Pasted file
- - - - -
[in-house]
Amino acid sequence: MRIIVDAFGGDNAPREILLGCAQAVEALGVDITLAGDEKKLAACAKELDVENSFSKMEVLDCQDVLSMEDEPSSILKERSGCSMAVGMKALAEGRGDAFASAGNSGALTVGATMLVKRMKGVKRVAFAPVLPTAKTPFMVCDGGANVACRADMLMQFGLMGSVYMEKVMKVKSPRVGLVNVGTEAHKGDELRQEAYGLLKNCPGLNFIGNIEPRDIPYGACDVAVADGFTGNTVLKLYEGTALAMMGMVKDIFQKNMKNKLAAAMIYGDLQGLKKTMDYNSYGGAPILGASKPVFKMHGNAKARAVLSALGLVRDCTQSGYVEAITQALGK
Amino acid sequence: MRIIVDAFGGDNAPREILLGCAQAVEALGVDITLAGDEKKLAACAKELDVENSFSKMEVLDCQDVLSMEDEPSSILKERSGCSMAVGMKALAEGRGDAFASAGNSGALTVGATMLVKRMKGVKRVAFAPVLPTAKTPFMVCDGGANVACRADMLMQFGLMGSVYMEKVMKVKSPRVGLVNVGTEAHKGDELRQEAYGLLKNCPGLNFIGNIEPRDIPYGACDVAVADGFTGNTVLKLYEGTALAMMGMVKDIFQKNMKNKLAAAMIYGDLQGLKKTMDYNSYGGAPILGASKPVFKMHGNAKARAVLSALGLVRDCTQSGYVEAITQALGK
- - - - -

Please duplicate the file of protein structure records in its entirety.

[in-house]
Amino acid sequence: MRIIVDAFGGDNAPREILLGCAQAVEALGVDITLAGDEKKLAACAKELDVENSFSKMEVLDCQDVLSMEDEPSSILKERSGCSMAVGMKALAEGRGDAFASAGNSGALTVGATMLVKRMKGVKRVAFAPVLPTAKTPFMVCDGGANVACRADMLMQFGLMGSVYMEKVMKVKSPRVGLVNVGTEAHKGDELRQEAYGLLKNCPGLNFIGNIEPRDIPYGACDVAVADGFTGNTVLKLYEGTALAMMGMVKDIFQKNMKNKLAAAMIYGDLQGLKKTMDYNSYGGAPILGASKPVFKMHGNAKARAVLSALGLVRDCTQSGYVEAITQALGK
Amino acid sequence: MRIIVDAFGGDNAPREILLGCAQAVEALGVDITLAGDEKKLAACAKELDVENSFSKMEVLDCQDVLSMEDEPSSILKERSGCSMAVGMKALAEGRGDAFASAGNSGALTVGATMLVKRMKGVKRVAFAPVLPTAKTPFMVCDGGANVACRADMLMQFGLMGSVYMEKVMKVKSPRVGLVNVGTEAHKGDELRQEAYGLLKNCPGLNFIGNIEPRDIPYGACDVAVADGFTGNTVLKLYEGTALAMMGMVKDIFQKNMKNKLAAAMIYGDLQGLKKTMDYNSYGGAPILGASKPVFKMHGNAKARAVLSALGLVRDCTQSGYVEAITQALGK